PRAGUE, Czech Republic -- A multiple sclerosis patient who has close relatives with the disease is likely to suffer more severely than one without a family history, results of a brain imaging study show.
PRAGUE, Czech Republic, Oct. 12 -- A multiple sclerosis patient who has close relatives with the disease is likely to suffer more severely than one without a family history, results of a brain imaging study show.
MS patients with a family history of the disease had significantly more brain lesions (P=0.006), brain atrophy (P=0.014), and other aspects of brain damage than patients with nonfamilial (or sporadic) disease, researchers reported here at the Congress of the European Committee for the Treatment and Research in Multiple Sclerosis.
"From the early 1980s onward, it was supposed that both genetic and environmental factors play a role in the etiology of MS," said Robert Zivadinov, M.D., Ph.D., of the State University of New York at Buffalo, and colleagues.
These findings suggest that genetics play a role not just in who will get the disease, as previous studies have shown, but also in how severe that disease will be, they said.
The researchers prospectively studied 759 consecutive MS patients seen at a single center. The patients ranged in age from 36 to 56, with an average disease duration of 13.6 years. The average disability score was 3.4 on a 10-point scale.
Among them, 478 had relapsing-remitting MS, 222 had secondary-progressive disease, 30 had primary-progressive MS, and 29 had experienced their first clinically isolated attack.
Overall, 26.1% of the patients (198) had a close relative with MS. For most, it was a parent, sibling, or child (81) or a first cousin (82). Another 35 patients had a second-degree relative -- an aunt, uncle, grandparent, niece, or nephew -- with MS.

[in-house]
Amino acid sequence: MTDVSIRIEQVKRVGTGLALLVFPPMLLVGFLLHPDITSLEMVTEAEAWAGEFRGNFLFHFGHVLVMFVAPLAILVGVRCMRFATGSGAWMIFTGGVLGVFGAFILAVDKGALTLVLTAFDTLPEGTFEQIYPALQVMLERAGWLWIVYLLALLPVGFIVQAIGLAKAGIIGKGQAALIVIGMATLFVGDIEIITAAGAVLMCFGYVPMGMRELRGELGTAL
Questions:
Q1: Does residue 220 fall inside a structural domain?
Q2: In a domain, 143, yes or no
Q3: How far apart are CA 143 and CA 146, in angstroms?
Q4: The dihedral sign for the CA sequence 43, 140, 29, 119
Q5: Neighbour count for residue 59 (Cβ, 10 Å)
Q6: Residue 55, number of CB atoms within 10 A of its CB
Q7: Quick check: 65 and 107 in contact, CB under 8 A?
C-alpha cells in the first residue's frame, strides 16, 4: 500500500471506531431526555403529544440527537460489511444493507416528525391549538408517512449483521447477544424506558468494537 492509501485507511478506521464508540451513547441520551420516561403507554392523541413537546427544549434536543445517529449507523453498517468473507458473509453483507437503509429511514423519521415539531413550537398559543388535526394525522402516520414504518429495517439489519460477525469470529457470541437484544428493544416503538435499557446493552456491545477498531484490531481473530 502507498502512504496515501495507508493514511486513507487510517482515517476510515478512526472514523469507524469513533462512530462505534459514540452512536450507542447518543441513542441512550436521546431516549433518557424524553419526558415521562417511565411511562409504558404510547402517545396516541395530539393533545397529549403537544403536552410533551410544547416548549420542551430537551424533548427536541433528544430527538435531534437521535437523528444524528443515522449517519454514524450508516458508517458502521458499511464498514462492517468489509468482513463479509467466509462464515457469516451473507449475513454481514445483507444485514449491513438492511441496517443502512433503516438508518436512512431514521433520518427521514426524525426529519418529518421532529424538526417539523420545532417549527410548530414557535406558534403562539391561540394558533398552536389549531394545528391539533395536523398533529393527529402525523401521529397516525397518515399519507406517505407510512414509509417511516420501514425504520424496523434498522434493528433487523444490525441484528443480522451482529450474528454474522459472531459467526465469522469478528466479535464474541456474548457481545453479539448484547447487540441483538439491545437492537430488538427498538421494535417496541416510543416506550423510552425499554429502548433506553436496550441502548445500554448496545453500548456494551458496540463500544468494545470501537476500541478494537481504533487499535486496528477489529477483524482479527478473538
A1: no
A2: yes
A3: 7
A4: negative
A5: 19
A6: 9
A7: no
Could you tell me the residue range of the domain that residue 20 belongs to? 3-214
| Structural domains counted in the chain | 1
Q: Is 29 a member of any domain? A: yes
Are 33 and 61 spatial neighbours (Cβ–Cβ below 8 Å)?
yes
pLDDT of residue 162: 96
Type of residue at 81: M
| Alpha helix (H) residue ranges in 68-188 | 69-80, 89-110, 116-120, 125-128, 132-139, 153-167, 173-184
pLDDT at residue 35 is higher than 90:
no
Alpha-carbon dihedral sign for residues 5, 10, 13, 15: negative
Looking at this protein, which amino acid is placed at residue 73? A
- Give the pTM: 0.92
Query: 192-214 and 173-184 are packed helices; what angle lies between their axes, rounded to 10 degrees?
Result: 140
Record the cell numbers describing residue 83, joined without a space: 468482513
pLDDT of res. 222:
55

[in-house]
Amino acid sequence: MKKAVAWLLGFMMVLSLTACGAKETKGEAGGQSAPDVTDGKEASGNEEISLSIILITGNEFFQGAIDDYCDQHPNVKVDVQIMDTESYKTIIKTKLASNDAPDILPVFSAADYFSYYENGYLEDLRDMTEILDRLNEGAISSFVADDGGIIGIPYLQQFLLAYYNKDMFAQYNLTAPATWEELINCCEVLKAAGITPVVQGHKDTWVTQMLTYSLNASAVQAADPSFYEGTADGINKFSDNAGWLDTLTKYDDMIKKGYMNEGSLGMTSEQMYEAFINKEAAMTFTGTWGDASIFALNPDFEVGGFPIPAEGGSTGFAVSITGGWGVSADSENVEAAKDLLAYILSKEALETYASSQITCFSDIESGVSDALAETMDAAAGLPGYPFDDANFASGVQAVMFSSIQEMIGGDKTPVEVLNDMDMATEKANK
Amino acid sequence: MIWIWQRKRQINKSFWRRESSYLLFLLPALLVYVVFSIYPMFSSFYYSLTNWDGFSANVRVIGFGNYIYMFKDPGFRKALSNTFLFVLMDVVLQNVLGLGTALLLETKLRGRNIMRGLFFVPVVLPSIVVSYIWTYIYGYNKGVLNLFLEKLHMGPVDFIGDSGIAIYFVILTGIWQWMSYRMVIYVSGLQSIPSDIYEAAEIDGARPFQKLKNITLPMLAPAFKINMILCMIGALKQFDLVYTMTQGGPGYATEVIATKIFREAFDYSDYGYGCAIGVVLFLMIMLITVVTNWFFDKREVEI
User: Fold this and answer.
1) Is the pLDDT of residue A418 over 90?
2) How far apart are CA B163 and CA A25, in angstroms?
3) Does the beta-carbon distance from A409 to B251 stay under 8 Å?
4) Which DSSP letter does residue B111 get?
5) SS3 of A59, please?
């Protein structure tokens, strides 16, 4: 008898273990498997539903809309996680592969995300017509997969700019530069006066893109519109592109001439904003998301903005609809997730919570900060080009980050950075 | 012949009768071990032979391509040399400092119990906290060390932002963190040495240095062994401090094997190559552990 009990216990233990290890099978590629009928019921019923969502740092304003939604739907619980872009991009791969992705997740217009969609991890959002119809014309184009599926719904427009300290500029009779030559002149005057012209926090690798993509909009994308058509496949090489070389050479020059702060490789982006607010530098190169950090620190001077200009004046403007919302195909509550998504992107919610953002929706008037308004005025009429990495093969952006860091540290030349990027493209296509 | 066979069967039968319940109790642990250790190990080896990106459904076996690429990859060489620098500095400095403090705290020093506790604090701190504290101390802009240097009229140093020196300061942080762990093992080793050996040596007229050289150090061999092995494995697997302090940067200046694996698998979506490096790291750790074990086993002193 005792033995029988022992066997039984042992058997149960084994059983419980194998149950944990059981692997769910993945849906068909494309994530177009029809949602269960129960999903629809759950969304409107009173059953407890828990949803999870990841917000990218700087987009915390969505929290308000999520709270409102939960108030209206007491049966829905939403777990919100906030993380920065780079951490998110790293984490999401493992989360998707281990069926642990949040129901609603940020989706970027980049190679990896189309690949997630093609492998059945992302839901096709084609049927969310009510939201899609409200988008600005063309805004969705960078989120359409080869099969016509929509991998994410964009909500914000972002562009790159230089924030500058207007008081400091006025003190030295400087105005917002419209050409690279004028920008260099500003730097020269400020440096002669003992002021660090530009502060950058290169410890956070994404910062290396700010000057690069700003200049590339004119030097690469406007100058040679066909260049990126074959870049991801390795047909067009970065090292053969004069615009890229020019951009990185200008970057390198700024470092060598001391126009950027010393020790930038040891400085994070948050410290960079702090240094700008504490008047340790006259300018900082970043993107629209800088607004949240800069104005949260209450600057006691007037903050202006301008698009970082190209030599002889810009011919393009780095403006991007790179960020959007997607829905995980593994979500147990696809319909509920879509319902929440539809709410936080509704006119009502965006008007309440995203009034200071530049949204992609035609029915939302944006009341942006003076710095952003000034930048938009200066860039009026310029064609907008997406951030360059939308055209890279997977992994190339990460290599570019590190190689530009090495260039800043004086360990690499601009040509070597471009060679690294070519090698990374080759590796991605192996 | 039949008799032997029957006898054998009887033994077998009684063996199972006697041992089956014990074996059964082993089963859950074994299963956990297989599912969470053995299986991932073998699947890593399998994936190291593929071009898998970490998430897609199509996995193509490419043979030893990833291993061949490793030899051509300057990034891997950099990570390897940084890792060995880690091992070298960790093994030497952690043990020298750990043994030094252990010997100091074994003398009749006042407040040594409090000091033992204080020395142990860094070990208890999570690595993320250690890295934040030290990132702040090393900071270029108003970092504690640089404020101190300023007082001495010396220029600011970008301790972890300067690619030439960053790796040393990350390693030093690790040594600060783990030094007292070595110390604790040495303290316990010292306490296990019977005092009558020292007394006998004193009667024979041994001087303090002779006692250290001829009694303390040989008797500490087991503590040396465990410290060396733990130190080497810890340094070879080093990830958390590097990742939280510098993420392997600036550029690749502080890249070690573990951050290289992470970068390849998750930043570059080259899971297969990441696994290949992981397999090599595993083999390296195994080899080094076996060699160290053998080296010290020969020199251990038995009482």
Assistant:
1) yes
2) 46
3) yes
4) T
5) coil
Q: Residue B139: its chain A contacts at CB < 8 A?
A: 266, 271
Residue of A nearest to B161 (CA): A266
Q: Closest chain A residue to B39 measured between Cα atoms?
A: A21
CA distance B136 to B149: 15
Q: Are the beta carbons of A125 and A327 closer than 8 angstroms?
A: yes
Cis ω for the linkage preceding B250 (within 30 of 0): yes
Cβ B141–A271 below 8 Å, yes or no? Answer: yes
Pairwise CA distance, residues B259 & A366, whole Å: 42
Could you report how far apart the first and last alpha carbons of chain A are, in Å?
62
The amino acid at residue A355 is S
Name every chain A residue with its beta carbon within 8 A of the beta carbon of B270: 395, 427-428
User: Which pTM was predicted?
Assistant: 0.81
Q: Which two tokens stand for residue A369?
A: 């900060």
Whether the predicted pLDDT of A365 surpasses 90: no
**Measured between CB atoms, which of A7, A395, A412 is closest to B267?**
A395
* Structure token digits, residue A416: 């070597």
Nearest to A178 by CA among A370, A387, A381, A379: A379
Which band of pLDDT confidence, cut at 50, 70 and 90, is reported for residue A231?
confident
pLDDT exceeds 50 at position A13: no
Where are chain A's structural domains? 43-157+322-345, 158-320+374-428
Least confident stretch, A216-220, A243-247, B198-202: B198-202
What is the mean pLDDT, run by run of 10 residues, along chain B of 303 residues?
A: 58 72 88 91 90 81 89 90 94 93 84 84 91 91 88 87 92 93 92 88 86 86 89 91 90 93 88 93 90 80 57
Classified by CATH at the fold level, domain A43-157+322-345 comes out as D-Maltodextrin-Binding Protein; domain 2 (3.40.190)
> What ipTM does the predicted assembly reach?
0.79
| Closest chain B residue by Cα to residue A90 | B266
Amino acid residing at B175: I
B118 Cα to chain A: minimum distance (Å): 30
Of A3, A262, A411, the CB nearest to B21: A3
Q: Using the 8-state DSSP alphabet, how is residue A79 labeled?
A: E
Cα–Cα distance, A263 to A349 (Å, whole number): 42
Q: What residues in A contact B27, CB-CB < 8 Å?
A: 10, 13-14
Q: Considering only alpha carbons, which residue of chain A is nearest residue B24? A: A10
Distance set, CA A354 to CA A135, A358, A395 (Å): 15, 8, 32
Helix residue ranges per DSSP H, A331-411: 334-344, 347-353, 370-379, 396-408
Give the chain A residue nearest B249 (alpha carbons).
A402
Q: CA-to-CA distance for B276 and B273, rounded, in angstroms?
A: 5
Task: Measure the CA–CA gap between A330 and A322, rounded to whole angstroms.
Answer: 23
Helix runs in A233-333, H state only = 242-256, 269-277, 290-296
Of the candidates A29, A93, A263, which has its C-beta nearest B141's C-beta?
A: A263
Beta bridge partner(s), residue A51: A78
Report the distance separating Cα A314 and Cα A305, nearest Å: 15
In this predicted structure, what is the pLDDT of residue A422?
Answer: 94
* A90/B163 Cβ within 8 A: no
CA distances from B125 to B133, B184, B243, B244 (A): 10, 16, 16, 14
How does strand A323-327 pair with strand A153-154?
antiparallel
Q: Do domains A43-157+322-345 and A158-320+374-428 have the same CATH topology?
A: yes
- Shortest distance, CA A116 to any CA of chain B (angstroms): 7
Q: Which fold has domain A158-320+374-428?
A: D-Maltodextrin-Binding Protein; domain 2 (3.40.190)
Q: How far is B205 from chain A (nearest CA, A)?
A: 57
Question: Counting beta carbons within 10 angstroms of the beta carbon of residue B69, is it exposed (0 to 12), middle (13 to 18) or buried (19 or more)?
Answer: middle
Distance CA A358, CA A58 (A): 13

Familial and sporadic cases did not differ significantly in average age, disease duration, disease course, Expanded Disability Status Scale score, or total lifetime use of disease-modifying drugs.
All patients underwent full clinical and quantitative magnetic resonance imaging (MRI) evaluation.
The researchers found that patients with a family history of MS had significantly higher T1-hypointense lesion volumes (3.3 mL versus 2.2, P=0.006) than non-familial cases, although T2-hypointense and gadolinium lesion volumes were not significantly different between groups.
Brain atrophy measures also indicated more severe disease in familial cases than in sporadic cases, despite similar clinical characteristics.
Normalized whole brain volume was significantly lower in familial versus sporadic cases (1458.3 mL versus 1478 mL, P=0.014). Likewise, patients with a family history of MS had lower normalized cortex volume (543.8 versus 553.9, P=0.036) and gray matter volume (729.8 versus 742.2, P=0.044).
Furthermore, a family history of MS in first-degree relatives was associated with significantly greater damage seen on MRI than a family history of MS in third-degree relatives. This was seen in higher T1-hypointense lesion volume (P=0.046) and a trend for lower normalized gray matter volume (P=0.07).
The researchers also measured magnetization transfer ratio as a measure of demyelination of nerve fibers.
All measures were similar between groups except for magnetization transfer ratio of T1-hypointense lesions (32.5 versus 33.9, P=0.049) and whole brain entropy (3.45 versus 3.22, P=0.03), which both were better for sporadic than familial cases.
Severity of MRI damage seen in familial cases was significantly correlated in a regression analysis with normalized whole brain volume (P=0.004), normalized cortex volume (P=0.01) and whole brain entropy (P=0.021).
"This study supports the hypothesis that familial and sporadic MS might have different disease severity characteristics that are related to the influence of some disease-modifying genes," Dr. Zivadinov and colleagues concluded.
However, they noted, further investigation is needed to determine the link with disease-modifying genes.